Friday Foodstuffs 1.28.11: Ocean City Stays Dry…For Now (and Granddad Howard Can Rest Easy)

Somewhere up there, and I mean the Big Up There, my grandfather is breathing a little easier.

Even though he passed away fifteen years ago, I am sure that my granddad was peering in on the latest activity taking place in Ocean City – where the issue of alcohol has come up yet again. If you’re one of the last people left on this planet who isn’t aware of it, Ocean City still maintains its status as a dry community; the town was founded by Methodists ministers back in 1879 who were dead set against the consumption of alcohol. Being a dry community simply means is that alcohol cannot be sold or consumed in public places. In the case of Ocean City, you can still go over the bridge to Somers Point, buy alcohol, and bring it back to drink in the privacy of your home. But you cannot have a glass of wine at a restaurant, even if you want to bring your own. And this is the issue that is becoming a point of contention between the Ocean City Council and the Ocean City Restaurant Association. To put it simply: OCRA wants to allow restaurants to be BYOB if they choose, and the council is firmly opposed to it – and believes that they have an overwhelming majority of people in the community backing them.

The latest maneuvers in this saga: the OCRA hired an attorney on Monday to began a fact-finding mission regarding bring-your-own, and the council responded in turn on Thursday with a resolution that opposes “any effort to remove the prohibition of consuming alcoholic beverages in restaurants, cafes and food establishments.” The vote was unanimous. But the lines have been drawn, and things may not stay so civil in this well-known family resort.

The arguments on both sides are pretty straightforward. The council will tell you that Ocean City has built its reputation as a great place for families because of their stance against alcohol, and that allowing anything that would relax that position would tarnish the image of Ocean City. Even worse, it may even start the town down a slippery slope that would eventually allow bars and liquor stores to exist there as well. To that, the Restaurant Association would counter that allowing adults the ability to enjoy a bottle of wine with their meal would not take away from Ocean City’s image as being family friendly, and would help restaurants increase business – especially during the off-season.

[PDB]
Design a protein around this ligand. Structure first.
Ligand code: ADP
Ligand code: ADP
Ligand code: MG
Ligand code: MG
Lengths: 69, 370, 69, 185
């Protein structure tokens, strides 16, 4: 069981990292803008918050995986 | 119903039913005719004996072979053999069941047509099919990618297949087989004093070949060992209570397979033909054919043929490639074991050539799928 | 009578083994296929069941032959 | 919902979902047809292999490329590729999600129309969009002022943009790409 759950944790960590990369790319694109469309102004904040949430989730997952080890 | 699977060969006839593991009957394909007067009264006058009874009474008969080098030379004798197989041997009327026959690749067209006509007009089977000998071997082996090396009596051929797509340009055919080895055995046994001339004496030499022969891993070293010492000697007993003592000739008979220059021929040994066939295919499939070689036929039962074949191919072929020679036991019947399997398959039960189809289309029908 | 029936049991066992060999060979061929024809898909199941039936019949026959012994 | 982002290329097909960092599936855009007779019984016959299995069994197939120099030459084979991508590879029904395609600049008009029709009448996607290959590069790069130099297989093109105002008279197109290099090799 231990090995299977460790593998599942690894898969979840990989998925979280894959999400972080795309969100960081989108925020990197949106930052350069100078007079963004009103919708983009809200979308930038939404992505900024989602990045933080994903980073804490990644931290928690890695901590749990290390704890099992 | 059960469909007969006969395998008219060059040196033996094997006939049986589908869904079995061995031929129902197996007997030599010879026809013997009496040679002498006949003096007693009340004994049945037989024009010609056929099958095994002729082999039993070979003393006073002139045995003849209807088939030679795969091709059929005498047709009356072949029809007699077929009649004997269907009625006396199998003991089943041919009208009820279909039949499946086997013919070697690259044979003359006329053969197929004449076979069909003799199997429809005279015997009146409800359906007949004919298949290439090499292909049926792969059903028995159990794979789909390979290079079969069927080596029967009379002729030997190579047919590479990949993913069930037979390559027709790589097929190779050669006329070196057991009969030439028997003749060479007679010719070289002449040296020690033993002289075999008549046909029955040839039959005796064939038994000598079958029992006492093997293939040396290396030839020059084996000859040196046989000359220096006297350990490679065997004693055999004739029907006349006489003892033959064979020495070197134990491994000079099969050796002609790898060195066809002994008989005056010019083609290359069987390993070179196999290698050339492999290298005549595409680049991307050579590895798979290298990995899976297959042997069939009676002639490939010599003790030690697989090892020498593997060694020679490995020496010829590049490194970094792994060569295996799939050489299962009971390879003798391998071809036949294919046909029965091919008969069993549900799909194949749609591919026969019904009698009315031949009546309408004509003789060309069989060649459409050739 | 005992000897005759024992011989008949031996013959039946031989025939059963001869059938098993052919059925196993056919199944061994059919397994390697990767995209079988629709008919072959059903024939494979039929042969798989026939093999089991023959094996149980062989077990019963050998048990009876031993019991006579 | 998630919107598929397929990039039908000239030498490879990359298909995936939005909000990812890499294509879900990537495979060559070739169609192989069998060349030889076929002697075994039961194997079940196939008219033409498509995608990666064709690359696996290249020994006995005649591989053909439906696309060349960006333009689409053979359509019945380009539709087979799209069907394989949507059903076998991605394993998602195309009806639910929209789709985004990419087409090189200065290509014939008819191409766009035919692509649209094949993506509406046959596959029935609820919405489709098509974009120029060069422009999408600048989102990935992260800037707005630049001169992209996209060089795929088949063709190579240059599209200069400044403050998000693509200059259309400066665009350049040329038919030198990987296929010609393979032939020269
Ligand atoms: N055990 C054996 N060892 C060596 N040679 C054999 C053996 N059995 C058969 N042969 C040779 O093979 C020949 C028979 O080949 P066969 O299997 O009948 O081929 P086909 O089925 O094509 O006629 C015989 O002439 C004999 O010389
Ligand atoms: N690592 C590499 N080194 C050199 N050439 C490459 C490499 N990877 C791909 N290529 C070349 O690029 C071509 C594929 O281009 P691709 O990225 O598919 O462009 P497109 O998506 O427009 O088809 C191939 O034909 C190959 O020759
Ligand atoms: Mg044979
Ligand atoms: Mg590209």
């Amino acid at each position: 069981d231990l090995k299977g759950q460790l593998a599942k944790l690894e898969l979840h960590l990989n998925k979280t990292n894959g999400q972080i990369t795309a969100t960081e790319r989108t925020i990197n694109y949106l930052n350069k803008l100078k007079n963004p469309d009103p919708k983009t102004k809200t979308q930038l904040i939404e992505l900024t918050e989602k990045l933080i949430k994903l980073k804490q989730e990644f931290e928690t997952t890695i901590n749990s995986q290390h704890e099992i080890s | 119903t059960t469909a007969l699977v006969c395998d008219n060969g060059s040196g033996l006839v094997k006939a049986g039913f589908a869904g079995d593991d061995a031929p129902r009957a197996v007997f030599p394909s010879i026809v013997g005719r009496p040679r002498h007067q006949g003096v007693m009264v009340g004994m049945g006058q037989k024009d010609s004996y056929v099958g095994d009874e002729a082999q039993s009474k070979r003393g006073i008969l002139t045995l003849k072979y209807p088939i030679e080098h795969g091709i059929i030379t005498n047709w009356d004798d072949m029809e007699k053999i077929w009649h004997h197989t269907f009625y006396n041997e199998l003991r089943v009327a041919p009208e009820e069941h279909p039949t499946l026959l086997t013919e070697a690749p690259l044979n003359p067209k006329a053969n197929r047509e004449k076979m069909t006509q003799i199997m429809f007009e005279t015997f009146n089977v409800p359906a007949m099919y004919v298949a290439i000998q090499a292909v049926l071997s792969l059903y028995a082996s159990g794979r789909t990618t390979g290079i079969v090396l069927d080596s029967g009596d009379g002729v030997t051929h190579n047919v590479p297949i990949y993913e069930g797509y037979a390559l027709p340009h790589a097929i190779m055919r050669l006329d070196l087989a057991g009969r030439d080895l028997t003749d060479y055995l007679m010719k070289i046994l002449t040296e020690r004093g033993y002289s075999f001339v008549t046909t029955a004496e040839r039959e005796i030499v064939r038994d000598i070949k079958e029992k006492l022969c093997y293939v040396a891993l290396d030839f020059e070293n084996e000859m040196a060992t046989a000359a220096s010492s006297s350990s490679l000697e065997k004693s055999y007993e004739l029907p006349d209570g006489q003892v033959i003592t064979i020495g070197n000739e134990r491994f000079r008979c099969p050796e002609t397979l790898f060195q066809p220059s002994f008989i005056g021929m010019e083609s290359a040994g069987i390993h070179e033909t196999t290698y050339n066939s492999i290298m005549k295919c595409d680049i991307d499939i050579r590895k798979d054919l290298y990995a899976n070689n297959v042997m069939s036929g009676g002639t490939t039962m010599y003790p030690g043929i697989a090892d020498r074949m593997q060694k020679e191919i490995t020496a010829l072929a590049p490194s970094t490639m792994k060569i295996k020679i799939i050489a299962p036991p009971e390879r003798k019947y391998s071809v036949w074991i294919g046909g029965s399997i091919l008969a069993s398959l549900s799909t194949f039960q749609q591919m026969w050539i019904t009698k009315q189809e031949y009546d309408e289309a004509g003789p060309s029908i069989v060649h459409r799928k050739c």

So what do I think? Well, I know what my grandfather would say. After all, he was a Methodist minister for over fifty years and at one time was pastor of a church in Somers Point. Granddad Howard was an old-school Methodist minister, which meant he believed in no dancing, no card playing, and most certainly no alcohol. At the last family wedding he attended before he passed away, the reception had no music and no alcohol. Granddad Howard would be in full support of the council’s decision.

For me, I have to side with the Restaurant Association (sorry Granddad). I know how important it is to Ocean City to maintain its image as a family resort. After all, tourism is such a big part of the community. But to say that allowing restaurants to be BYOB would tarnish that image is a harshly extreme position to take. As one of the members of the OCRA noted, you can enjoy a glass of wine at Disney World, and you can’t get more family-oriented than Disney. And isn’t dining out a big part of tourism? Why add an extra level of difficulty for restaurants to overcome in bringing in business? Some time back, we were talking to a dining expert in the area about a report that had come out listing Ocean City as one of the ten best places in the country to open a new restaurant. The expert’s immediate response was that every restaurant owner in Ocean City would dispute that report’s findings.

All the OCRA is asking for is to put it up for a vote. Have a referendum and let the community decide. If the support that the council believes they have is there, then they have nothing to worry about on this issue. And neither will my grandfather.

Even though we got hit with more snow this week, there is a thawing out taking place; more food events are beginning to fill up the calendar. Even this weekend looks to be pretty busy with food fun. Tonight you have a trio of wine events: a Pacific Rim Wine Dinner at the Atlantic City Country Club in Northfield, a Wine and Cheese Pairing Class at Sharrott Winery in Blue Anchor, and a Wine Dinner at Wedgwood Country Club in Turnersville. Tonight is also the start of the Greek Winter Feast at Holy Trinity Greek Orthodox Church in Egg Harbor Township. The feast starts at 5PM tonight and at 12PM on Saturday and Sunday.